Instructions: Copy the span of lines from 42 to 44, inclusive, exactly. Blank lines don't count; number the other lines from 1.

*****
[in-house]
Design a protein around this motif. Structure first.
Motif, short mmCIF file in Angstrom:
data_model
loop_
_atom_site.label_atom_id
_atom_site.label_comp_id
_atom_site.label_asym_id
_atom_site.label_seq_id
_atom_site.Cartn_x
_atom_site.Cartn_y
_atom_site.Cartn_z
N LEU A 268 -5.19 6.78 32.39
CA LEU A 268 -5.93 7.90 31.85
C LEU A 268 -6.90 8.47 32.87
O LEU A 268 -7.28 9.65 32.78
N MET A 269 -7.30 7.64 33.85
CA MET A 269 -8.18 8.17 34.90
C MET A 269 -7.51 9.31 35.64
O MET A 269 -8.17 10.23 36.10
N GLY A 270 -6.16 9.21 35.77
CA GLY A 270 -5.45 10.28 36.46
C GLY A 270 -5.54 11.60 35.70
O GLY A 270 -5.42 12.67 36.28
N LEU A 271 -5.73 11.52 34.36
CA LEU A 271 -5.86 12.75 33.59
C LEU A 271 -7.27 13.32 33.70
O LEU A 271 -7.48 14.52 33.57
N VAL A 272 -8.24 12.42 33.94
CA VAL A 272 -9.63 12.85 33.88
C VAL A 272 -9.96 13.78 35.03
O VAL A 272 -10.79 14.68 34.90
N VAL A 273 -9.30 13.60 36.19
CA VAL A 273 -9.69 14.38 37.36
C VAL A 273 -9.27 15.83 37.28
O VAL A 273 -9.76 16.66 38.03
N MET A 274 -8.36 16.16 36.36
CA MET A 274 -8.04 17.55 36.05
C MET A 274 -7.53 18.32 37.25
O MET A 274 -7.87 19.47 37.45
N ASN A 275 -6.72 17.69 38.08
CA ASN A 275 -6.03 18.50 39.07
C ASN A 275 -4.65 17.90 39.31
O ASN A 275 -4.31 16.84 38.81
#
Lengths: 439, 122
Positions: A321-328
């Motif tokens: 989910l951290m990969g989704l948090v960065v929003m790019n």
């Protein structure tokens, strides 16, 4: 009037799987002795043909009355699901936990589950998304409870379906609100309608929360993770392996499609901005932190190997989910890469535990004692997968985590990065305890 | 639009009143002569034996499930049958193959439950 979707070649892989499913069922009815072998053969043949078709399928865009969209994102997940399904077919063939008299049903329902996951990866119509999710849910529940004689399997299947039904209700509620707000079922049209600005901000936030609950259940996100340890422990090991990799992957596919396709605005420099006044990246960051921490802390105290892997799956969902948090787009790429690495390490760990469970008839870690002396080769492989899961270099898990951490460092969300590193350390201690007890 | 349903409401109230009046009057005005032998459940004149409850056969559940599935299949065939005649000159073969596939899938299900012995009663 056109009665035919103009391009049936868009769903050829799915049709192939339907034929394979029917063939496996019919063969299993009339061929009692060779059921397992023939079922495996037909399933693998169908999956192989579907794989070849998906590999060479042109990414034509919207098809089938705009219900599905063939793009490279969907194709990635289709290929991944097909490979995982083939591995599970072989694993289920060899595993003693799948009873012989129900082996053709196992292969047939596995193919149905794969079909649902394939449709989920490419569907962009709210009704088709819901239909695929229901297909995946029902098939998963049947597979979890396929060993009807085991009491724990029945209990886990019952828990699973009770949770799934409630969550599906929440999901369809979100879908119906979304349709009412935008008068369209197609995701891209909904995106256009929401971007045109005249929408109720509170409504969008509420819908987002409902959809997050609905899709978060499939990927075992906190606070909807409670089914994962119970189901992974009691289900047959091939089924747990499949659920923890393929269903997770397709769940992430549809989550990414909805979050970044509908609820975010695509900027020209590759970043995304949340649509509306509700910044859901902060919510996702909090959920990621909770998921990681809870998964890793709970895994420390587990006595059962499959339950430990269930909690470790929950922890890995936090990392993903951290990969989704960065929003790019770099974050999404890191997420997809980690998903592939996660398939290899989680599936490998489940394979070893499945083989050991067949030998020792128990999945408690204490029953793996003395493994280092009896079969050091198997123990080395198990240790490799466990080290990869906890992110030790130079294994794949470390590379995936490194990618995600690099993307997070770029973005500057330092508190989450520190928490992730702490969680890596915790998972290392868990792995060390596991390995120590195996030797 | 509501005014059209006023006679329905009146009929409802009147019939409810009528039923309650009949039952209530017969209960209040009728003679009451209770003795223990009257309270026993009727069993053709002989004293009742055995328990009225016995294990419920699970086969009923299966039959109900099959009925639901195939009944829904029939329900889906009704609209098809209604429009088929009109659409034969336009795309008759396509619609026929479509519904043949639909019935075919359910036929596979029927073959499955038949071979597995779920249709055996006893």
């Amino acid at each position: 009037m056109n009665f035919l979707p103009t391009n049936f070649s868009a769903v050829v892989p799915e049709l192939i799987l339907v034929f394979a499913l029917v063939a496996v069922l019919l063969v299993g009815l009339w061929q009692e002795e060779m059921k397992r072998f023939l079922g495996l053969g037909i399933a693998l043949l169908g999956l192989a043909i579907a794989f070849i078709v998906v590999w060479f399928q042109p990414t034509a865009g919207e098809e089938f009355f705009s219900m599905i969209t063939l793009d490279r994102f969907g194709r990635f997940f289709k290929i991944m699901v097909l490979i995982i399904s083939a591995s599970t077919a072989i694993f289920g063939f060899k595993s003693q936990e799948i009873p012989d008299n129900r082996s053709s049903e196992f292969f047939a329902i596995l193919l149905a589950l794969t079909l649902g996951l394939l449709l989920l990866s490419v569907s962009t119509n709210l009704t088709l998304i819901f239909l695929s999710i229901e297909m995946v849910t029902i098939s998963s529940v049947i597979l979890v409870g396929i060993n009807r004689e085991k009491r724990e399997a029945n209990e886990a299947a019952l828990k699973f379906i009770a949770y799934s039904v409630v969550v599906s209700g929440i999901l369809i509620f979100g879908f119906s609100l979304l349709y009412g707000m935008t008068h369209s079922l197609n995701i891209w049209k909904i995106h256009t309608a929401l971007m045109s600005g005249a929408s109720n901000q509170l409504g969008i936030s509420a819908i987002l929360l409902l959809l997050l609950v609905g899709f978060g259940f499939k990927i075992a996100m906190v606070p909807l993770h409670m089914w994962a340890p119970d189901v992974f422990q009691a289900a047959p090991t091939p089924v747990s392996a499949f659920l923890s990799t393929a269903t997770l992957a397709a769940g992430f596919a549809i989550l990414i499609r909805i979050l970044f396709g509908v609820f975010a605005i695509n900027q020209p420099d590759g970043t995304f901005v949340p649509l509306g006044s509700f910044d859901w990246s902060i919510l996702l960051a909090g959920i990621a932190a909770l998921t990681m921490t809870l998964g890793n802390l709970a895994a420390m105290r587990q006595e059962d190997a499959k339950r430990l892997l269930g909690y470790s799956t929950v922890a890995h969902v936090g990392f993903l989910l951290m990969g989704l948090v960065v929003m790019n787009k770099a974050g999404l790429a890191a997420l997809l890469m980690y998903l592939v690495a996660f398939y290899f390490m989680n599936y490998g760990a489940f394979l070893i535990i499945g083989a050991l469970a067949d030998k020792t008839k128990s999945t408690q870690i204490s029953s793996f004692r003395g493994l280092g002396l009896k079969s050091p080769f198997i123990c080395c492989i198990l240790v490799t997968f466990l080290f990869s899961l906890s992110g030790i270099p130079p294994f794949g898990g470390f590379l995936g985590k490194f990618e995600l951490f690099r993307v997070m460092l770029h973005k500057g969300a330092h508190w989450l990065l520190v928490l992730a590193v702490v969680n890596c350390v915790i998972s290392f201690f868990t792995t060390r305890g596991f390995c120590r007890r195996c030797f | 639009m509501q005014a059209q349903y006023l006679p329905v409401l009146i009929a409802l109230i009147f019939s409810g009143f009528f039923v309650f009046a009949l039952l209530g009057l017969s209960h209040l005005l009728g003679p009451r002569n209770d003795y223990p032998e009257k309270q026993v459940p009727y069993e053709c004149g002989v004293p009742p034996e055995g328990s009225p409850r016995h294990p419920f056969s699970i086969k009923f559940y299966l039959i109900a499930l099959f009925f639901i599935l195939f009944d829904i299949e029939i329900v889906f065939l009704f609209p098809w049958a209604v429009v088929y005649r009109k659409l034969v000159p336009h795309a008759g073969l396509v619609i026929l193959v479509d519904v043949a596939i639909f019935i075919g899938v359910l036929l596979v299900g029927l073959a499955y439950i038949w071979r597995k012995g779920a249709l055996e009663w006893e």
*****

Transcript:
CA ASN A 275 -6.03 18.50 39.07
C ASN A 275 -4.65 17.90 39.31
O ASN A 275 -4.31 16.84 38.81